Ah, it's already October and I've missed blogging about a lot of water under the bridge. Sorry. Well, we had a great birthday party at my house for my grandson's 3rd birthday--lots of kids, parents, a few grandparents and a grandparent to be--my dear friend Jody as her daughter Shyanne is with child and, God willing, will give birth in due time to a healthy, happy bundle of baby. She and Alex will have a bond that will never be broken because of this child. That's the thing about babies that I don't think anyone understands until they have one, or two, or five. I think women get this. Once you've had a man's babies you will forever be honored in that man's mind--even if he doesn't show it. Believe me, it's there. When push comes to shove, you are still the mother of his child(ren).
Life. It's a circle isn't it? It's eternal. As one comes, one goes.
I am a little miffed right now at a certain GI doc that sent away an elderly patient of mine who had anorexia and abdominal pain. He said the only thing left to do because of her anorexia (said she didn't complain of abdominal pain!!) is to put in a feeding tube, and he didn't recommend doing that. The daughter stood at the nurses station this past Friday--lost look on her face. I mean, that's her mother. The doc said essentially no hope. I don't know if he didn't look at the whole picture, ask questions, or simply didn't care to delve any deeper for answers because of her advanced age. Yesterday when I got to work, my very inquisitive and dependable LPN on the skilled wing came to me and told me about Mrs. _______. She said that she had been hollering all weekend and asked if I could give her something to help calm her. I had spoken with the daughter on Friday and said that I would order an abdominal x-ray to see if anything showed up. I remembered this and then my LPN reported the upper abdominal symptoms and wondered if it could be her gallbladder. We giggled at this because another elderly resident had just had an ultrasound that showed up gallstones and this LPN had recently had surgery for this condition. So, an x-ray and an ultrasound ("US") were ordered. Guess what, my LPN was dead on the money. The US showed her gallbladder was full of stones. This is why she was in such pain, poor creature! We sent her to the ED and I trust they've taken her for surgery by now. I wonder what Mrs. ____'s daughter is thinking? I wonder if she wants to call the GI and give him a piece of her mind? It's sad but all too common that the elderly are often overlooked and every complaint they have is chalked up to a UTI, fecal impaction or dehydration. I just want to ask these young doctors, is this how you want to be treated or how you want your mother to be treated?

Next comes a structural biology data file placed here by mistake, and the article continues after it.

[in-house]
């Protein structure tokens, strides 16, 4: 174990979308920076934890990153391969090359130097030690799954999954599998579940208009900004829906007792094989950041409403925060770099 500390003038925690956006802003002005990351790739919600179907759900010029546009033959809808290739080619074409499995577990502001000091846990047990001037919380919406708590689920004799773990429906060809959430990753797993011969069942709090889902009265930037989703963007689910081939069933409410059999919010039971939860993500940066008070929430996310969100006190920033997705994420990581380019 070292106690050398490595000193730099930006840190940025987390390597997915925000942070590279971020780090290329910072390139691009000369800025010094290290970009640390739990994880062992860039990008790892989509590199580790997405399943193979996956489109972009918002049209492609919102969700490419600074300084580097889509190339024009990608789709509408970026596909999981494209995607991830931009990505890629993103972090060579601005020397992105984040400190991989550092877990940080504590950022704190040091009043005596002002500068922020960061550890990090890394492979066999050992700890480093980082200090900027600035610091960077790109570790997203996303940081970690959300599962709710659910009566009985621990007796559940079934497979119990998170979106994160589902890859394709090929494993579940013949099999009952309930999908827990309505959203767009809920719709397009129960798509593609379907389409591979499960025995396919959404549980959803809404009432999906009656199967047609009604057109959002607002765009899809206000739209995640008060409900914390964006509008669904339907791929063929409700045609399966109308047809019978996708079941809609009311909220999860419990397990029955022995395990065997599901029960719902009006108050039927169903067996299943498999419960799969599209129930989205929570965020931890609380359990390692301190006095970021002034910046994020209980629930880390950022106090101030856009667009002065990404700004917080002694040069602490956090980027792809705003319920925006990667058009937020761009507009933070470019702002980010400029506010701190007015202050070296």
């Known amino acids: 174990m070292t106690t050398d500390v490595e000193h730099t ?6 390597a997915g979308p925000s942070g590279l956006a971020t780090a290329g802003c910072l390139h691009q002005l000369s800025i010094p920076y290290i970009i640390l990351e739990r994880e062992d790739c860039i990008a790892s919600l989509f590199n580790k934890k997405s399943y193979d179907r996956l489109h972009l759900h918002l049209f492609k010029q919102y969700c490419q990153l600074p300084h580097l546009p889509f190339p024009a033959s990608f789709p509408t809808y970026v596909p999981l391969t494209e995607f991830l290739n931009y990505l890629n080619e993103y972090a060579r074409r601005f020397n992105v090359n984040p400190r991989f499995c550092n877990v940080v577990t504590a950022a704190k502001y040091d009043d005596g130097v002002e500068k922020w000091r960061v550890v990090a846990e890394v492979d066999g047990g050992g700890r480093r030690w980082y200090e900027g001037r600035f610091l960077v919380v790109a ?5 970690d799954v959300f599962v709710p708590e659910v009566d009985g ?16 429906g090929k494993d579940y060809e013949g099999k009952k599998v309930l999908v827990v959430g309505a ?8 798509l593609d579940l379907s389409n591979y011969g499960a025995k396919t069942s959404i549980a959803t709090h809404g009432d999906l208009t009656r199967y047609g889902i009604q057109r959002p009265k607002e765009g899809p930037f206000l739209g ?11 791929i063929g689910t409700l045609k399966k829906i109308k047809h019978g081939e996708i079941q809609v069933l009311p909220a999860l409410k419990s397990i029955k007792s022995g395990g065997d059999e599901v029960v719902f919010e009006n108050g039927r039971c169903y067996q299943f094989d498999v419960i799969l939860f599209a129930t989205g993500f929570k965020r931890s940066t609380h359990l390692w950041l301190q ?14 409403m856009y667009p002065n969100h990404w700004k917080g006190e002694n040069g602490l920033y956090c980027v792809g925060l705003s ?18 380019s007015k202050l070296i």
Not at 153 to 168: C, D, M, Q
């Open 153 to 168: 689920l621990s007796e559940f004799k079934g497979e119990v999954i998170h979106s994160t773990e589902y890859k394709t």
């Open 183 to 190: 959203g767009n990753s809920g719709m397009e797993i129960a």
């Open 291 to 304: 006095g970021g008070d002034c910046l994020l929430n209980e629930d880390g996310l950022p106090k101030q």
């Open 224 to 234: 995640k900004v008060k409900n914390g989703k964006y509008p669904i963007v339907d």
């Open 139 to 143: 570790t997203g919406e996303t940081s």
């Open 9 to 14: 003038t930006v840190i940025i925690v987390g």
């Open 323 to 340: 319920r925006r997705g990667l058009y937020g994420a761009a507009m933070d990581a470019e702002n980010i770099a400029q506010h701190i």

I don't agree with feeding tubes just for the sake of prolonging the inevitable. Hospice is a wonderful service, helping to keep your loved one's dignity intact and gently and lovingly caring for them during the transition and journey to death. Death. Humph. It's just a transformation from one form to another, like the ship leaving port headed for a distant land with our loved one on board. This is a journey we all must take, and take alone. It makes me remember a poem that my sister told me about that she found on a grave stone while walking around in a local cemetery in Portland, Maine. It goes, "All earthly friends as you pass by, so now you are, so once was I. So now I am, you soon must be, so prepare for death and follow me."
Life and death--that's life.
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